Is Bush embarrassed that a year of occupation has failed to substantiate his claims about Iraqi weapons of mass destruction and links to global terrorism? No. He hasn't even noticed. "I sent American troops to Iraq to defend our security," he repeated tonight, adding, "Iraq is now the central front in the war on terror … This will be a decisive blow to terrorism at the heart of its power and a victory for the security of America and the civilized world." Never mind the emerging evidence that North Korea, not Iraq, was engaged in the kind of WMD proliferation that Bush attributed to Saddam. In his speech, Bush simply repeated that Iraq was the headquarters of terrorists who "seek weapons of mass destruction."

For a still more airbrushed version of history, consider Bush's account of his relationship with the United Nations. "At every stage, the United States has gone to the United Nations to confront Saddam Hussein, to promise serious consequences for his actions, and to begin Iraqi reconstruction," the president asserted. Forget the part where Bush reneged on his pledge to call a Security Council vote on the use of force. Forget the part where he invaded Iraq against the wishes of a majority of the council.

When the gap between reality and Bush's happy talk becomes too painful for his party to bear, he does try to close that gap. But he never faces up to the extent of his errors. "Our commanders had estimated that a troop level below 115,000 would be sufficient at this point in the conflict," he said tonight. "Given the recent increase in violence, we will maintain our troop level at the current 138,000 as long as necessary." 138,000? Everyone knows this is grossly inadequate, as evidenced by bombings, assassinations, and hostile takeovers of cities. We can't maintain order with current troop levels. Most analysts think then-Army Chief of Staff Eric Shinseki was right that hundreds of thousands of troops were needed to do the job. But all Bush concedes is that the number can't be less than 115,000. Meanwhile, Bush promises to have American officers "oversee the training of a force of 260,000 Iraqi soldiers, police and other security personnel."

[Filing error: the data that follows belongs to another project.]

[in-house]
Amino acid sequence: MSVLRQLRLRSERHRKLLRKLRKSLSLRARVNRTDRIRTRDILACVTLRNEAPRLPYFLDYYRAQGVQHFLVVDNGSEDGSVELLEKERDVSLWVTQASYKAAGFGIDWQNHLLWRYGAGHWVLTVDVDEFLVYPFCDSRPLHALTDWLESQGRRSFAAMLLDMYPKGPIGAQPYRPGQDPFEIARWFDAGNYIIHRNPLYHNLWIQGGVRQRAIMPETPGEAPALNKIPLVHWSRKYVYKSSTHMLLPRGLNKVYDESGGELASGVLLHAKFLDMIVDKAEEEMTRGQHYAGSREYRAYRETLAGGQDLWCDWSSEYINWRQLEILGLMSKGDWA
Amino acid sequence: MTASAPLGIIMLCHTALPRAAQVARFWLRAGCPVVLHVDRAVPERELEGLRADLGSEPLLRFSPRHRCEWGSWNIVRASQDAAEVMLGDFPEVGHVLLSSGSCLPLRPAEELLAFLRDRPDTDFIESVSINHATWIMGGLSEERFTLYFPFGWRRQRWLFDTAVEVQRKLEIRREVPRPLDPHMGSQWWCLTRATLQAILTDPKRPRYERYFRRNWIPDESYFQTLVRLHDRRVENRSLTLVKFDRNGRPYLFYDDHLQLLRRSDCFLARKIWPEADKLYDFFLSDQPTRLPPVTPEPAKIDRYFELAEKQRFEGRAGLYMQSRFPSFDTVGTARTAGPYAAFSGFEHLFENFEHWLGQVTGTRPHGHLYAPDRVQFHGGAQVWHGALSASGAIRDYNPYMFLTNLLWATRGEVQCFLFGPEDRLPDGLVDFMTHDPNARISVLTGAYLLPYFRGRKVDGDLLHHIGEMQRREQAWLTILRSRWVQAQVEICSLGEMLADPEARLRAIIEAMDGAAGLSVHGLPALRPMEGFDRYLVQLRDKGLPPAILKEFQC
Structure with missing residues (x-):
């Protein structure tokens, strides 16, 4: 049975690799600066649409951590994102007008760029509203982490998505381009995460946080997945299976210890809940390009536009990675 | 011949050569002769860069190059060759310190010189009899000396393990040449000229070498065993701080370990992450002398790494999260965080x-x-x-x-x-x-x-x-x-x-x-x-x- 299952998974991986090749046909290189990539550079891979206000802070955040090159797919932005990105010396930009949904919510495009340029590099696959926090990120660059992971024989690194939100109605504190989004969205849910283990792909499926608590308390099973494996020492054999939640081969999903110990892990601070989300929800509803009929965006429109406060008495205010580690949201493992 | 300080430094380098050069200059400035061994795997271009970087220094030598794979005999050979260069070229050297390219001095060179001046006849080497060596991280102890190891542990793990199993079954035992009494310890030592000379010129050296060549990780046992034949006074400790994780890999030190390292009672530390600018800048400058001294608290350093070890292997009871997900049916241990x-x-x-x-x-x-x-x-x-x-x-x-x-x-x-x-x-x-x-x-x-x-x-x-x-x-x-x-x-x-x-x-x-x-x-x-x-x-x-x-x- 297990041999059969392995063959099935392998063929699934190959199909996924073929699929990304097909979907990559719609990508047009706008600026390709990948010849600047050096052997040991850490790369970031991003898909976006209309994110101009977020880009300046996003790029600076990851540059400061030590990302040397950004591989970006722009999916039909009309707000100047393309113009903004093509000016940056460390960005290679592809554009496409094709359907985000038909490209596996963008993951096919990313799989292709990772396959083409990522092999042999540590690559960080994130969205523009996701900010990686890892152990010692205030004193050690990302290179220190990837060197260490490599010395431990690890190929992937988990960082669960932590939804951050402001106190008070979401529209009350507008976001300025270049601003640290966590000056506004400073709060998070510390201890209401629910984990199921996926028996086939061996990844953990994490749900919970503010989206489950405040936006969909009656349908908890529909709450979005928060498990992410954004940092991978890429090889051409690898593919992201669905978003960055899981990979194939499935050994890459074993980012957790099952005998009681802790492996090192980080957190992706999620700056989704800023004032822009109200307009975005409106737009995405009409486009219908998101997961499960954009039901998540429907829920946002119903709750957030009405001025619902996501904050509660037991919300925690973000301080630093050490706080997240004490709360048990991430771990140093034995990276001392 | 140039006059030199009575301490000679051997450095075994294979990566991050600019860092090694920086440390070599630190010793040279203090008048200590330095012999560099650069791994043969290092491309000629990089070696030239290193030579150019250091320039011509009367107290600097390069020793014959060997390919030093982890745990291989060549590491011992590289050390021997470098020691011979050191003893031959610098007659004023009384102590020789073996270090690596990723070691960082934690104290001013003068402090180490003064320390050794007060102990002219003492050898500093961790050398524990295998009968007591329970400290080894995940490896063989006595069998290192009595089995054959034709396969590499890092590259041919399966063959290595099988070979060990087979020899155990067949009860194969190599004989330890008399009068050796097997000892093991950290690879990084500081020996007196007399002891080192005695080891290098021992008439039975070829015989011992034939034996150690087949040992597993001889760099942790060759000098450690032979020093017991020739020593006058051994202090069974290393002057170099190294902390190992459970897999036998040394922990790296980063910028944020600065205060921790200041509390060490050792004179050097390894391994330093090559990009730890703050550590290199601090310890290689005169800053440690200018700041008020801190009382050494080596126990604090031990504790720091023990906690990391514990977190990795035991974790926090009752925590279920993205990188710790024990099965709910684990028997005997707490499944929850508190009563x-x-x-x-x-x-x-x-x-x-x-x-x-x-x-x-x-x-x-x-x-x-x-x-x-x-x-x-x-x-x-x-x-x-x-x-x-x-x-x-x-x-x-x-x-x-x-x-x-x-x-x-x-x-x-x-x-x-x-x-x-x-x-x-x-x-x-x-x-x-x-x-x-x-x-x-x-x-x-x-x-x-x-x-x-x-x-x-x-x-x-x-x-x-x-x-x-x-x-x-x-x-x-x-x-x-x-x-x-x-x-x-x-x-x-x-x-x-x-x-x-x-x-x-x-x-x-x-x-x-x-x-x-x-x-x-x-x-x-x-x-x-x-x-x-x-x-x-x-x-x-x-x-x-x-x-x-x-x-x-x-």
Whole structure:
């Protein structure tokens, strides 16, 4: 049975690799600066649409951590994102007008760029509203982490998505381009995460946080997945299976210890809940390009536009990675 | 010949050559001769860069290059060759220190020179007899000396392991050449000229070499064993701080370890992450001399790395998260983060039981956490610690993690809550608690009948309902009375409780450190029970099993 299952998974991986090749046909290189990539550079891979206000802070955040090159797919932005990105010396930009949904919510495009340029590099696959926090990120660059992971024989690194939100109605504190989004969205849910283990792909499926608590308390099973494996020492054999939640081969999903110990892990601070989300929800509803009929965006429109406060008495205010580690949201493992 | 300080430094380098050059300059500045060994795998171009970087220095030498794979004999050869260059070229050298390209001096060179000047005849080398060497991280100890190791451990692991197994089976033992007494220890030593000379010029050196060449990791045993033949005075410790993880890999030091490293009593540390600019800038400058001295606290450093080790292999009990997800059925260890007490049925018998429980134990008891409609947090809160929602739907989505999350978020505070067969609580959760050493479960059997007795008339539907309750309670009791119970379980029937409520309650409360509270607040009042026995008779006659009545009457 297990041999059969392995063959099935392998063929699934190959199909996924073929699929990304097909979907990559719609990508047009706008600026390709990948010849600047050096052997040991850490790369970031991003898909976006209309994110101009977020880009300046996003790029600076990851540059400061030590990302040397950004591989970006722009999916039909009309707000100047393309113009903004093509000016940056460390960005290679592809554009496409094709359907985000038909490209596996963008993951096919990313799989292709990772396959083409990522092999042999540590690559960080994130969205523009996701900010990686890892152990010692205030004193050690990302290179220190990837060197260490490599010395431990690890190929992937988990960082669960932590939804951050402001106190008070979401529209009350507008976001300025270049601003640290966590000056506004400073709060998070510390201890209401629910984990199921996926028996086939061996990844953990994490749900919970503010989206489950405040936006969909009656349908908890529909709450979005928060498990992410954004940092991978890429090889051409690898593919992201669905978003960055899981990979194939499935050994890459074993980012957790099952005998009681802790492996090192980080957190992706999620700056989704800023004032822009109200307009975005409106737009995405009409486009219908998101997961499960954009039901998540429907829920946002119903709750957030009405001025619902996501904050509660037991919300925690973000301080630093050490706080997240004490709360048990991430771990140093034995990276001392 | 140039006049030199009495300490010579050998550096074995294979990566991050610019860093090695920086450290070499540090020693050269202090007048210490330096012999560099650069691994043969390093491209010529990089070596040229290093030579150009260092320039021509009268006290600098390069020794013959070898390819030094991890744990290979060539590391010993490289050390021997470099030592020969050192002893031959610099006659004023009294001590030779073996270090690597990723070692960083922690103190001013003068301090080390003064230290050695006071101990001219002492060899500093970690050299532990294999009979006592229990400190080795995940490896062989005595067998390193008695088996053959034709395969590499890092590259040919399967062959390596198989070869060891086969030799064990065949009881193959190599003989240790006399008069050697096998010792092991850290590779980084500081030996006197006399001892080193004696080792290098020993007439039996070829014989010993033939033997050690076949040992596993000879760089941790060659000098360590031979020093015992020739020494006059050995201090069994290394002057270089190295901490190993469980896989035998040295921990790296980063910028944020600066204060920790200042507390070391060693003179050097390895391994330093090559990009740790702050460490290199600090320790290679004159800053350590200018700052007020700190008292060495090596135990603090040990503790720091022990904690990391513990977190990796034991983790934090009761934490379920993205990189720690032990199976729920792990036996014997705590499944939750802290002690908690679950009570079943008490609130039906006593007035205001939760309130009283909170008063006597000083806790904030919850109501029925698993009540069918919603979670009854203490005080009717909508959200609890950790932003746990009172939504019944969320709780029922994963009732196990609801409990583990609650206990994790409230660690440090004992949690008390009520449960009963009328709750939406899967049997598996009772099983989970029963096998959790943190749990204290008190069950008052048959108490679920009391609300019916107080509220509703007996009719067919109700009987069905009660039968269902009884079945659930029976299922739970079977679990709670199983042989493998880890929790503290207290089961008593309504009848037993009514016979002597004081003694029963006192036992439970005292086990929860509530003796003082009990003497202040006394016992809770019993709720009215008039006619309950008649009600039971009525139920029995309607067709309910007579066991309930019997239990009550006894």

In some recent battles against insurgents, "the early performance of Iraqi forces fell short," Bush conceded tonight. "Some refused orders to engage the enemy. We've learned from these failures, and we've taken steps to correct them. … Successful units need to know they are fighting for the future of their own country, not for any occupying power. So we are ensuring that Iraqi forces serve under an Iraqi chain of command." Well, sort of. According to testimony by administration officials, Iraqi troops will answer to an Iraqi general. But that general, in turn, will serve under an American general. The occupying power still holds the chain.

Bush further boasted, "At my direction … we are accelerating our program to help train Iraqis to defend their country." To a reflective person, "accelerate" means we could have done this faster but didn't. That's a crucial mistake, given that we're running out of time. But to Bush, acceleration just means things are getting better.